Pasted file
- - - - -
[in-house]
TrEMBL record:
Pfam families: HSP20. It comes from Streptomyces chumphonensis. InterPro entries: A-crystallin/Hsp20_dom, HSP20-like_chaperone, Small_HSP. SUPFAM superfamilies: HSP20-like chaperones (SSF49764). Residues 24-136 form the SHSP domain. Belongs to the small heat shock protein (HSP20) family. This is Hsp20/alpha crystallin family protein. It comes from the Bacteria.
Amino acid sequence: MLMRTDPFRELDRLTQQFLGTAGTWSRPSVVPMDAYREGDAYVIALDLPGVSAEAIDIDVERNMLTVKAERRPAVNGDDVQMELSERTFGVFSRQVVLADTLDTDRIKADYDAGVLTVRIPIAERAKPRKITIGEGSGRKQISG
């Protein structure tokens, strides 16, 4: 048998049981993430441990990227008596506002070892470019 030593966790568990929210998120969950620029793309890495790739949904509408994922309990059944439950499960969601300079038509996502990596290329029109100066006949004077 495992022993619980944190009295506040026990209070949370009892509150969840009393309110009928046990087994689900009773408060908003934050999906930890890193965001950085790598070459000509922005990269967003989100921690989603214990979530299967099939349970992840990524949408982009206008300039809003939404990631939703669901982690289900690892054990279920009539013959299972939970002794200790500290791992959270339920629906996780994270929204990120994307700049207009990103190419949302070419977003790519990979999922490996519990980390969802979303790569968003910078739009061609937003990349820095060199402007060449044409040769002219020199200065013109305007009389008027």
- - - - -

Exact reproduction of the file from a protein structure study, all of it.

[in-house]
TrEMBL record:
Pfam families: HSP20. It comes from Streptomyces chumphonensis. InterPro entries: A-crystallin/Hsp20_dom, HSP20-like_chaperone, Small_HSP. SUPFAM superfamilies: HSP20-like chaperones (SSF49764). Residues 24-136 form the SHSP domain. Belongs to the small heat shock protein (HSP20) family. This is Hsp20/alpha crystallin family protein. It comes from the Bacteria.
Amino acid sequence: MLMRTDPFRELDRLTQQFLGTAGTWSRPSVVPMDAYREGDAYVIALDLPGVSAEAIDIDVERNMLTVKAERRPAVNGDDVQMELSERTFGVFSRQVVLADTLDTDRIKADYDAGVLTVRIPIAERAKPRKITIGEGSGRKQISG
């Protein structure tokens, strides 16, 4: 048998049981993430441990990227008596506002070892470019 030593966790568990929210998120969950620029793309890495790739949904509408994922309990059944439950499960969601300079038509996502990596290329029109100066006949004077 495992022993619980944190009295506040026990209070949370009892509150969840009393309110009928046990087994689900009773408060908003934050999906930890890193965001950085790598070459000509922005990269967003989100921690989603214990979530299967099939349970992840990524949408982009206008300039809003939404990631939703669901982690289900690892054990279920009539013959299972939970002794200790500290791992959270339920629906996780994270929204990120994307700049207009990103190419949302070419977003790519990979999922490996519990980390969802979303790569968003910078739009061609937003990349820095060199402007060449044409040769002219020199200065013109305007009389008027």